Not many romantic-comedy films have made exciting waves in Mollywood. But the flick Om Shanthi Oshana rewrote history with the spark it created. The beautiful frames that we saw in the film was the handiwork of Vinod Illampally, the cameraman of the film.
The home that we are visiting today belongs to him and like his film, it is indeed a work of art. The house is located at Manikunnu, near Kottayam. When the entire film fraternity is shifting base to Kochi, Vinod is more at home in his beloved Kottayam. It was a year back that Vinod decided to do some modifications to his ancestral home.
Costford takes over the scene
The house that has been done with a traditional Kerala style architecture is easy to find along the route to Arrupuzha from Manikunnu. The exterior is so beautiful, that you just can’t go by, without giving it a second look.
Vinod was impressed by the design sensibility and building style of Costford. So when the time came for him to renovate his home, Vinod approached Costford. The engineer at Costford, Biju saw the house and suggested that instead of taking down the existing home, they could work at recycling the house. The south portion of the house was intact and didn’t need much work.
This was exactly what Vinod had in mind too. Thus began the scripting of the new home. The exterior of the house with the bricks exposed follows a Larry Baker style of construction. Polished granite has been laid in the courtyard area. The front part of the house almost looks like a museum for antiques. Traditional style chairs, antique wooden boxes, and apart from these a wheel made of wood steals the show. A seating area modelled like a sopanam completes the look here.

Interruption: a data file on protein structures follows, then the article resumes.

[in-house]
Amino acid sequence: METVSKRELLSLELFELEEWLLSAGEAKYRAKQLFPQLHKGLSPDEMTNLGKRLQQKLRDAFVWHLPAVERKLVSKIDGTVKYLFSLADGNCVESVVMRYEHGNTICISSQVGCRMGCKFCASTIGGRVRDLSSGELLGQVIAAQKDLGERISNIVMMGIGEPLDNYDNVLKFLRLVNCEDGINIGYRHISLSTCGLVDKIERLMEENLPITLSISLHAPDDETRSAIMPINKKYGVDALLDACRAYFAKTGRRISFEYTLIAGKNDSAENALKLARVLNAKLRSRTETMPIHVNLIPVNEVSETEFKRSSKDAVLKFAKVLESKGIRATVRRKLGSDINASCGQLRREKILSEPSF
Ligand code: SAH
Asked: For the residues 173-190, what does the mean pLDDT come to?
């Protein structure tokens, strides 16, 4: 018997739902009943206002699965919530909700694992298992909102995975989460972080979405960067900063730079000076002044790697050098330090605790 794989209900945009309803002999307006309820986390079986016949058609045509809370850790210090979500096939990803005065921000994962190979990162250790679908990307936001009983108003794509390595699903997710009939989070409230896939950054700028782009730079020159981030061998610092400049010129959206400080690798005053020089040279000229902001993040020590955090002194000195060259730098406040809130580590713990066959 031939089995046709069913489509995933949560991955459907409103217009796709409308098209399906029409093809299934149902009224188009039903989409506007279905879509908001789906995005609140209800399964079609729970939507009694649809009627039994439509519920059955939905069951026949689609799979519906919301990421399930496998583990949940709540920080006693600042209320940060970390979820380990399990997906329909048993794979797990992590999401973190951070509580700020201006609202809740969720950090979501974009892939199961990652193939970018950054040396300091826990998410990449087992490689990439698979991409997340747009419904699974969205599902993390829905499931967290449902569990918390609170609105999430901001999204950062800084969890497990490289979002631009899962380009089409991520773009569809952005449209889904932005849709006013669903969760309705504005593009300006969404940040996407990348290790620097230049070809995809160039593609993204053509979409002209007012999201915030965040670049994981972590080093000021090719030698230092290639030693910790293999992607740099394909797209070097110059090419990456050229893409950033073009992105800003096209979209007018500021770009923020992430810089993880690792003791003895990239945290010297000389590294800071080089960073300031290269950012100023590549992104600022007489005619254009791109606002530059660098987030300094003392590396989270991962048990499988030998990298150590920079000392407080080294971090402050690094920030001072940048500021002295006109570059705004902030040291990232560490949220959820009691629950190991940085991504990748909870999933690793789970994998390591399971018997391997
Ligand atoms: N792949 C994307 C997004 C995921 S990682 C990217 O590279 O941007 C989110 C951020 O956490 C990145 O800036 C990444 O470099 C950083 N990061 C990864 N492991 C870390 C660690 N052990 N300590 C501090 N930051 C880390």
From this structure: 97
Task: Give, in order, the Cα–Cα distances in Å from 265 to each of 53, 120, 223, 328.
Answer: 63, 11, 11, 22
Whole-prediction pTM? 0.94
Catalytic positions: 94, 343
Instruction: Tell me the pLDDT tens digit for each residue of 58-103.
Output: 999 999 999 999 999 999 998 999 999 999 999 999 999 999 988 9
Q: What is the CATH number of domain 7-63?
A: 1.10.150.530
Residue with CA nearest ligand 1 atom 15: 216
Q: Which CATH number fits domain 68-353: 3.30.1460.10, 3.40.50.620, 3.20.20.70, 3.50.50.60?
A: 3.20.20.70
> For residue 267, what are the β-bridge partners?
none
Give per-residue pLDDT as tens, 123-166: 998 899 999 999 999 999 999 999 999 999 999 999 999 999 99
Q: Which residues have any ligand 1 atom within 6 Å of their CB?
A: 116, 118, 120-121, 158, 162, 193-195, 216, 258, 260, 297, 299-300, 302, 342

Every article or parts that they got when the house was taken apart has been used for the construction of the new house. The old roof tiles were also used for the roofing and only a few extra pieces were purchased. The main door is new though.
The interiors showcase an excellent fusion of traditional and contemporary styles of dcor. The highlight of the living room is the ‘Arra’. Symbols of a rich heritage, the Arra & Nilavara have been retained as such. In the current times, many families do not value these and are busy selling it off. But not here. The Arra has been converted into a Puja room and the Nilavara has been modified slightly.
Another major attraction in the interior are the old doors that have doubled up as windows in the new home. These can be found above the central courtyard (Nadumuttam), in the first landing of the stairs and in many other corners of the house.
The credit for this innovative idea goes to Anil, who did all the wood work in the house. Another of Anil’s praise worthy work is the wooden seating that he has given in the second landing of the staircase. This is not all. The pillars that we see on the top floor are made from a portion of the ‘Chenda’ instrument.
The old Mukhapu found a different place in the new home - on the walls of the bedroom, instead of the entrance. The variety in the bedroom does not end there. Bay windows with colourful glass takes the bedroom decor a notch higher than the usual styles.When the renovation was almost complete, they were left with many extra wooden planks. Anil fashioned stylish rectangle shaped switchboards out of this wood for all the rooms.
The major change that happened when the rebuilding was done was in the directions. The front part of the earlier house used to face the east, but now this is the back part. So the west portion is now the front facing part. But Vinod was particular about keeping the ‘Poomukham’ (Entrance) just as it used to be before.
The next question is aimed at the cinematographer. “Would you ever hire out your home for film shooting?” Vinod gives us a smile and quickly retreats inside!
Designer: Biju P. John, Civil Engineer, Costford, Kottayam.(firstname.lastname@example.org)